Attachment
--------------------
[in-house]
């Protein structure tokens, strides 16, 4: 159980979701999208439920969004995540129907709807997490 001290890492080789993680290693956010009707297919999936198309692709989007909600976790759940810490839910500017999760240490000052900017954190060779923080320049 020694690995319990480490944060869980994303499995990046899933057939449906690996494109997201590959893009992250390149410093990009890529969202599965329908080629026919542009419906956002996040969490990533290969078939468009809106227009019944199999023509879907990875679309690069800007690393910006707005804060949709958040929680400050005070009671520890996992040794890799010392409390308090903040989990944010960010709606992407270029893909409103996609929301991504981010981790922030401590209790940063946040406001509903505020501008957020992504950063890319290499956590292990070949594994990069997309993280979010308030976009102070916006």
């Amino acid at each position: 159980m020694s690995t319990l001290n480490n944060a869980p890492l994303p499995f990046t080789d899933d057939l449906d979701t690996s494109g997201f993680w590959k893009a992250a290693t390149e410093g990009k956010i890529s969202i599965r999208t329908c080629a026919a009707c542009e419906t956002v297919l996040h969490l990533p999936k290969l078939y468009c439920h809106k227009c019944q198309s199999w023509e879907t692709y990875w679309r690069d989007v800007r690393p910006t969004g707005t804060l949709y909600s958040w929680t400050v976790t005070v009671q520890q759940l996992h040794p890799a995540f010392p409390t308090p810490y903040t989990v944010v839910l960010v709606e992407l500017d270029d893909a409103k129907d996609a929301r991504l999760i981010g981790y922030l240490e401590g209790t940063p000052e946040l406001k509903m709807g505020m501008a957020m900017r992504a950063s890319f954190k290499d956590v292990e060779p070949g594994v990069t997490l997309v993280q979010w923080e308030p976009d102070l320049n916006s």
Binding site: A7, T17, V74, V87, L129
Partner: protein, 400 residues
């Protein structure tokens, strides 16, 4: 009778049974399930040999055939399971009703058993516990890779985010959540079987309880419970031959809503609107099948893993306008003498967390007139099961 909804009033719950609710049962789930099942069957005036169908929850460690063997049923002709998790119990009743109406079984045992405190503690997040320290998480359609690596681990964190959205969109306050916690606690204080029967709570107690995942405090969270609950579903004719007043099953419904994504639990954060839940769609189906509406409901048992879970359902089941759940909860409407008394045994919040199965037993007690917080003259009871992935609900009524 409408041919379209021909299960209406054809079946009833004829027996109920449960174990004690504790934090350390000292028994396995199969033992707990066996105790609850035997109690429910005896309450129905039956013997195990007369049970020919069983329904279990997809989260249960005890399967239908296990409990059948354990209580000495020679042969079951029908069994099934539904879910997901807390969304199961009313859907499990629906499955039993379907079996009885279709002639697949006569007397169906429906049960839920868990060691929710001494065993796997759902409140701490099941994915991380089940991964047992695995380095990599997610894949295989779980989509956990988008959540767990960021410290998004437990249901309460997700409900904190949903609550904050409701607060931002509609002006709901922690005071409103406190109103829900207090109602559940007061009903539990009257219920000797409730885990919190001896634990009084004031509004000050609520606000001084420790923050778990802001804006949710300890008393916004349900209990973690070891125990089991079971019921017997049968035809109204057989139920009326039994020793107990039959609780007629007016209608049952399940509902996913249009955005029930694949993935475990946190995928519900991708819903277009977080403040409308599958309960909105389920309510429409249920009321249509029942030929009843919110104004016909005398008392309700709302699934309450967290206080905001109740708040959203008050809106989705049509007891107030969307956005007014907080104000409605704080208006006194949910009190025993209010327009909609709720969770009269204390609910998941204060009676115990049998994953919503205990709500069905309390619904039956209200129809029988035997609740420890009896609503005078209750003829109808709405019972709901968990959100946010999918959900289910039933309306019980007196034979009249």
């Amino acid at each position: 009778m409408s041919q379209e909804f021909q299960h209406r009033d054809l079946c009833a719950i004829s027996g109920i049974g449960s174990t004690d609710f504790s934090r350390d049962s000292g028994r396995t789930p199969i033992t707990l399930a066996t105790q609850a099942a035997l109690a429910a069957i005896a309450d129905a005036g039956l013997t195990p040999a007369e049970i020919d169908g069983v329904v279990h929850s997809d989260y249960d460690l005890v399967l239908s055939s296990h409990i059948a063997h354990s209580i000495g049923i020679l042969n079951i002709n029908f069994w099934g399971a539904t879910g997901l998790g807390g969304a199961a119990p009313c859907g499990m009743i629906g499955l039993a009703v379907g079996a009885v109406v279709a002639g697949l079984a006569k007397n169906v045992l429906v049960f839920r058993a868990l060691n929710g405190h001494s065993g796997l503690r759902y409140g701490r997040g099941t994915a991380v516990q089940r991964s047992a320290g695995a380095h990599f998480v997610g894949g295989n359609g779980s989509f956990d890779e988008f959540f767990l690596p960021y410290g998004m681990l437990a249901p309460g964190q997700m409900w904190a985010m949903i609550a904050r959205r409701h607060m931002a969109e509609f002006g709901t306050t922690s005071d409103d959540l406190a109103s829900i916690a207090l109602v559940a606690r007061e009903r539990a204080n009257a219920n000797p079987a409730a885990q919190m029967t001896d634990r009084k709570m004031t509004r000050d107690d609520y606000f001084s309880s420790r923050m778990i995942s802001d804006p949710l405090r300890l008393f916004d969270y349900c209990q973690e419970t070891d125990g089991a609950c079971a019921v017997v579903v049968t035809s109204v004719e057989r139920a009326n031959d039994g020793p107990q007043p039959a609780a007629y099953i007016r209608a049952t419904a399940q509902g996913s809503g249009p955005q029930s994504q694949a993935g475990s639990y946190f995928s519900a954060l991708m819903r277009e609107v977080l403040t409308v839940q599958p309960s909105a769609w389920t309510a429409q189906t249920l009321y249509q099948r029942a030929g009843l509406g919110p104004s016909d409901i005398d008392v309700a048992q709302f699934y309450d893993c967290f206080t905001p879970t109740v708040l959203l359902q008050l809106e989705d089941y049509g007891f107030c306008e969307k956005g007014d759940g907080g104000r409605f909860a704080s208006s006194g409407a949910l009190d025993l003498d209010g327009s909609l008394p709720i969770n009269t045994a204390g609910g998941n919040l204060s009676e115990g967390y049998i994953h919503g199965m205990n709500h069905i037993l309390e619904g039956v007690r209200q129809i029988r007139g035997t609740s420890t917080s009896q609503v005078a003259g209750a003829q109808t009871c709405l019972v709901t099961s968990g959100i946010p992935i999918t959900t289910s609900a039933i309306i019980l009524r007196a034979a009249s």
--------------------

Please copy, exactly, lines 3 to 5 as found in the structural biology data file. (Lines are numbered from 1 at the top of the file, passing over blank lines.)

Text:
């Amino acid at each position: 159980m020694s690995t319990l001290n480490n944060a869980p890492l994303p499995f990046t080789d899933d057939l449906d979701t690996s494109g997201f993680w590959k893009a992250a290693t390149e410093g990009k956010i890529s969202i599965r999208t329908c080629a026919a009707c542009e419906t956002v297919l996040h969490l990533p999936k290969l078939y468009c439920h809106k227009c019944q198309s199999w023509e879907t692709y990875w679309r690069d989007v800007r690393p910006t969004g707005t804060l949709y909600s958040w929680t400050v976790t005070v009671q520890q759940l996992h040794p890799a995540f010392p409390t308090p810490y903040t989990v944010v839910l960010v709606e992407l500017d270029d893909a409103k129907d996609a929301r991504l999760i981010g981790y922030l240490e401590g209790t940063p000052e946040l406001k509903m709807g505020m501008a957020m900017r992504a950063s890319f954190k290499d956590v292990e060779p070949g594994v990069t997490l997309v993280q979010w923080e308030p976009d102070l320049n916006s």
Binding site: A7, T17, V74, V87, L129
Partner: protein, 400 residues